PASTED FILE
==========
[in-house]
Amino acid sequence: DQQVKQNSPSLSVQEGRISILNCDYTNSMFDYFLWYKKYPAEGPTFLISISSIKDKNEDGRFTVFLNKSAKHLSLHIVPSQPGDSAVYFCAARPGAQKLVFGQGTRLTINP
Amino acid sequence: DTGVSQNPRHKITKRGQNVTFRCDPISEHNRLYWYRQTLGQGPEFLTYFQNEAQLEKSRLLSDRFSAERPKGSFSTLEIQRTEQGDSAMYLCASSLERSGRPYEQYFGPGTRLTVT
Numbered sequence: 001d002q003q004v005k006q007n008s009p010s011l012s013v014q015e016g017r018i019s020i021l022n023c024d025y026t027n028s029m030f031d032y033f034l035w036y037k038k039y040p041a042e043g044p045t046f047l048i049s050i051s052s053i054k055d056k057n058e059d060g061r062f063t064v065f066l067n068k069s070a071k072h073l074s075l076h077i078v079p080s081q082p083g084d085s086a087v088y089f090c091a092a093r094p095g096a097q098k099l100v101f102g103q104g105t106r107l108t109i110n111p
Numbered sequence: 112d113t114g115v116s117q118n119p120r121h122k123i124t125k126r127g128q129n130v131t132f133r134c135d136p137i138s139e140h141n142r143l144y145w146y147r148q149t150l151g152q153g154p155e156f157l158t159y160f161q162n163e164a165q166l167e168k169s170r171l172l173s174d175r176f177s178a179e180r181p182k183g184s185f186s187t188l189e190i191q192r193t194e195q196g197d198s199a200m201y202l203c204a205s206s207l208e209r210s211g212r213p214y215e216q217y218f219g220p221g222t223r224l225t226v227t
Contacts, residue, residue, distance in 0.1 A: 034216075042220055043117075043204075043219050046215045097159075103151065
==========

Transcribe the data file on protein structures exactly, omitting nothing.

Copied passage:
[in-house]
Amino acid sequence: DQQVKQNSPSLSVQEGRISILNCDYTNSMFDYFLWYKKYPAEGPTFLISISSIKDKNEDGRFTVFLNKSAKHLSLHIVPSQPGDSAVYFCAARPGAQKLVFGQGTRLTINP
Amino acid sequence: DTGVSQNPRHKITKRGQNVTFRCDPISEHNRLYWYRQTLGQGPEFLTYFQNEAQLEKSRLLSDRFSAERPKGSFSTLEIQRTEQGDSAMYLCASSLERSGRPYEQYFGPGTRLTVT
Numbered sequence: 001d002q003q004v005k006q007n008s009p010s011l012s013v014q015e016g017r018i019s020i021l022n023c024d025y026t027n028s029m030f031d032y033f034l035w036y037k038k039y040p041a042e043g044p045t046f047l048i049s050i051s052s053i054k055d056k057n058e059d060g061r062f063t064v065f066l067n068k069s070a071k072h073l074s075l076h077i078v079p080s081q082p083g084d085s086a087v088y089f090c091a092a093r094p095g096a097q098k099l100v101f102g103q104g105t106r107l108t109i110n111p
Numbered sequence: 112d113t114g115v116s117q118n119p120r121h122k123i124t125k126r127g128q129n130v131t132f133r134c135d136p137i138s139e140h141n142r143l144y145w146y147r148q149t150l151g152q153g154p155e156f157l158t159y160f161q162n163e164a165q166l167e168k169s170r171l172l173s174d175r176f177s178a179e180r181p182k183g184s185f186s187t188l189e190i191q192r193t194e195q196g197d198s199a200m201y202l203c204a205s206s207l208e209r210s211g212r213p214y215e216q217y218f219g220p221g222t223r224l225t226v227t
Contacts, residue, residue, distance in 0.1 A: 034216075042220055043117075043204075043219050046215045097159075103151065